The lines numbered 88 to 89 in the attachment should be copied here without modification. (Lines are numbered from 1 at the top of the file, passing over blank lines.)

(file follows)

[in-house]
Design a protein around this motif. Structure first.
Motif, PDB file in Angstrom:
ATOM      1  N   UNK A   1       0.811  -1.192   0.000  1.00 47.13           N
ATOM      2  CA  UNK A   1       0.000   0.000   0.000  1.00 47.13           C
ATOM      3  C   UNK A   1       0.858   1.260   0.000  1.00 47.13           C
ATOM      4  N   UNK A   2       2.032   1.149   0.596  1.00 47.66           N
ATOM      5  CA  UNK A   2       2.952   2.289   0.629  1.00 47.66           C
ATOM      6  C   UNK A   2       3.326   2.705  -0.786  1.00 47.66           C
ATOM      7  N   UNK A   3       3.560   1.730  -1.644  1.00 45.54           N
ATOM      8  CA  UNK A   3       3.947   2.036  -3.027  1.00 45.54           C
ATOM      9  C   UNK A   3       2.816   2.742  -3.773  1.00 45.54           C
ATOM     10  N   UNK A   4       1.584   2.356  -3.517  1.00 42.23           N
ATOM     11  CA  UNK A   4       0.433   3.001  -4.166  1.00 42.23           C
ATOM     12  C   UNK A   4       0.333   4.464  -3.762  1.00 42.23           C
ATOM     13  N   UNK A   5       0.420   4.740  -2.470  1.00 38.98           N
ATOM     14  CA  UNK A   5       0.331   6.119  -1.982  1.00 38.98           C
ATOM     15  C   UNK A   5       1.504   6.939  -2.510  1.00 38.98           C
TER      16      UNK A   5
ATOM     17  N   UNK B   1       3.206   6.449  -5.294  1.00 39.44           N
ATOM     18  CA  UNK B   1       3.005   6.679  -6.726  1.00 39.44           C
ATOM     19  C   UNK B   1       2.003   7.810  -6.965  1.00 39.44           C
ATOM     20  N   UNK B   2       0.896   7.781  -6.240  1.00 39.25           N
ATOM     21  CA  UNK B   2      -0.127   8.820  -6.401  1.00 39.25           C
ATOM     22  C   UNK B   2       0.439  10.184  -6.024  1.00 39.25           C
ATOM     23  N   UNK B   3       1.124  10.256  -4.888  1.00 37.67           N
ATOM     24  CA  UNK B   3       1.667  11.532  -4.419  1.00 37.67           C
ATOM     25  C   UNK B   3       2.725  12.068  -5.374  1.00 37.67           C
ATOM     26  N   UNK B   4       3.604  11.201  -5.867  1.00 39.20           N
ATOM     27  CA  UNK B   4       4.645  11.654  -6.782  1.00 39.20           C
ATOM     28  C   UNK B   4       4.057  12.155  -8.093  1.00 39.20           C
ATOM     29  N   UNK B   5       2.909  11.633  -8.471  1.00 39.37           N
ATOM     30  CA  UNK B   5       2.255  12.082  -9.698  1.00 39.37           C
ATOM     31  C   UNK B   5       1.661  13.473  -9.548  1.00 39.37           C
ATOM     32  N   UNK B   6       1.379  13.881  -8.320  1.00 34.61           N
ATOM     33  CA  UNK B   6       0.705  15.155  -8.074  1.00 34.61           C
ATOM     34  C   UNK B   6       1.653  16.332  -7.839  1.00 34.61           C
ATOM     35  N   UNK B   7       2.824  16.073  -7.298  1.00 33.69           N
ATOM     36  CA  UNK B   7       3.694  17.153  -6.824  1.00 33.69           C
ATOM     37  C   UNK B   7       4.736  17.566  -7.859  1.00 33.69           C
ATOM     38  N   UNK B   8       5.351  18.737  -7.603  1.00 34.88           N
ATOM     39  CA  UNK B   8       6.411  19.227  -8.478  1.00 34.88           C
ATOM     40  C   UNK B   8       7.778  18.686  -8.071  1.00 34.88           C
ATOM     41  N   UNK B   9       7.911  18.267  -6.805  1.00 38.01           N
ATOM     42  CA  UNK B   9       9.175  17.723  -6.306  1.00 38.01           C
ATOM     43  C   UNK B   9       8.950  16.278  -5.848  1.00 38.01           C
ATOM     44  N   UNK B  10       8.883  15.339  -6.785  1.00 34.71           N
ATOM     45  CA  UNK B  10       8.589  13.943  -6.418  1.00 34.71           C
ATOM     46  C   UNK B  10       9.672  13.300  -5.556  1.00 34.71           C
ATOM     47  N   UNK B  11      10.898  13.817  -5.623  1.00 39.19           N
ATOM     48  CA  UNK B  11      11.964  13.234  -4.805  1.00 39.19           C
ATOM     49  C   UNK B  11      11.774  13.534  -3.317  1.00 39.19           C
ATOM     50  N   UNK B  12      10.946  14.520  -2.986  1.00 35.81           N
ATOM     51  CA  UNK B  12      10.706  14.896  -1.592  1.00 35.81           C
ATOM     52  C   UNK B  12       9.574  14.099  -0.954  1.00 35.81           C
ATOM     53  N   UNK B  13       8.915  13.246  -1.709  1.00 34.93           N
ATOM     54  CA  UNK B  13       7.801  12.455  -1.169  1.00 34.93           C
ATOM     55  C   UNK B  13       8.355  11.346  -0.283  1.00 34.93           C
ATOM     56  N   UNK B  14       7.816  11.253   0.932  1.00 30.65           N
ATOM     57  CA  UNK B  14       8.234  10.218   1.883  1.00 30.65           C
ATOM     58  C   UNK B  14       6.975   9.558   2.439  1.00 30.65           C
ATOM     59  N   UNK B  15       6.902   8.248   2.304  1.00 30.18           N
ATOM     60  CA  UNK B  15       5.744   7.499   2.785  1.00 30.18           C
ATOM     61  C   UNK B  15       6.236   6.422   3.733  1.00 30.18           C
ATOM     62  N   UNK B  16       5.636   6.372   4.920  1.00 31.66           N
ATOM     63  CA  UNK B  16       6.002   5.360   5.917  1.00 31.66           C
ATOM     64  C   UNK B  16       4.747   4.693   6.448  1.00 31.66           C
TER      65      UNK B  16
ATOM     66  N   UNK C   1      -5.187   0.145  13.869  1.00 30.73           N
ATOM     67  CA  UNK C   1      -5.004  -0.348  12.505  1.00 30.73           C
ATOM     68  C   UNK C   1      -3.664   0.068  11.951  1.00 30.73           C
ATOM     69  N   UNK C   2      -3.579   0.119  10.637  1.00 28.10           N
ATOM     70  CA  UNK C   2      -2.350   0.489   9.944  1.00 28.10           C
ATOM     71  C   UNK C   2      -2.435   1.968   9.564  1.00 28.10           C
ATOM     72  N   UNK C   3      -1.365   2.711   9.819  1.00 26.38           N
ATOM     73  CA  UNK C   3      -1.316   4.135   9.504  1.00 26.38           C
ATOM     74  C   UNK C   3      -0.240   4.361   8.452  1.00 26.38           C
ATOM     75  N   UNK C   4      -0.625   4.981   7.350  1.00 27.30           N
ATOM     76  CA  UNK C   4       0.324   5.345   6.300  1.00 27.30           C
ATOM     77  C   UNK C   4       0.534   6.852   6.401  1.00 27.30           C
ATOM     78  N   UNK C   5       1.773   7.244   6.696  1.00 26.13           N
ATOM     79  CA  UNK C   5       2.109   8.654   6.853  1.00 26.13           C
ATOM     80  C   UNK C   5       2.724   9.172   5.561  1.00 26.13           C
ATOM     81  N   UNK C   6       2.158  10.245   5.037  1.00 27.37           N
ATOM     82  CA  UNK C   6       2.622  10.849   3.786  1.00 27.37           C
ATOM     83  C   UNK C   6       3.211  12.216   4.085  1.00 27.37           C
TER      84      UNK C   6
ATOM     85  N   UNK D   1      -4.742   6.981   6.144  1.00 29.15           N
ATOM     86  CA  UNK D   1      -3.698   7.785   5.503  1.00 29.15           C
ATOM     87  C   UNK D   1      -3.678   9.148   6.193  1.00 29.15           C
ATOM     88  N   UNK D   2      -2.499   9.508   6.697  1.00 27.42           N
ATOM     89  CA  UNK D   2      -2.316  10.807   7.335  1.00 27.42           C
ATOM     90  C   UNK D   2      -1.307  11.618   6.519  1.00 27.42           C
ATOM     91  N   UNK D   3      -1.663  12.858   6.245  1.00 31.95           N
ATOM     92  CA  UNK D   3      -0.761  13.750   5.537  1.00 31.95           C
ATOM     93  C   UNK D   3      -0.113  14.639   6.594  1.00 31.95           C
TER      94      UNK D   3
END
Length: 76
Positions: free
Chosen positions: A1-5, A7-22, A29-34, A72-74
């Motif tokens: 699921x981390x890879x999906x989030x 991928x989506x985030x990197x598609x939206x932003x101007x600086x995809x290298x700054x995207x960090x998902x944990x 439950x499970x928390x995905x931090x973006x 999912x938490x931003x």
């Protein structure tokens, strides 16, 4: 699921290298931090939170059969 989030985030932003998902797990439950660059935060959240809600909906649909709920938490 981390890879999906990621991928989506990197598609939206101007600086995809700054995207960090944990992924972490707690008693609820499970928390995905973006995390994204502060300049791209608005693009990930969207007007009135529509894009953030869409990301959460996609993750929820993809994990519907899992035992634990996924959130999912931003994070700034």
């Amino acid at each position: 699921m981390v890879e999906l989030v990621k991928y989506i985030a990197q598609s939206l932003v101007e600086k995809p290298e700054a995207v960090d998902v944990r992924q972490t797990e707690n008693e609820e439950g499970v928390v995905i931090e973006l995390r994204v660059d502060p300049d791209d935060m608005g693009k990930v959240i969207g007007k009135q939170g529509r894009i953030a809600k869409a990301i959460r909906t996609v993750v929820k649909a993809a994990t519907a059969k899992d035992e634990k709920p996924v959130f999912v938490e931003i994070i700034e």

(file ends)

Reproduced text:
ATOM     85  N   UNK D   1      -4.742   6.981   6.144  1.00 29.15           N
ATOM     86  CA  UNK D   1      -3.698   7.785   5.503  1.00 29.15           C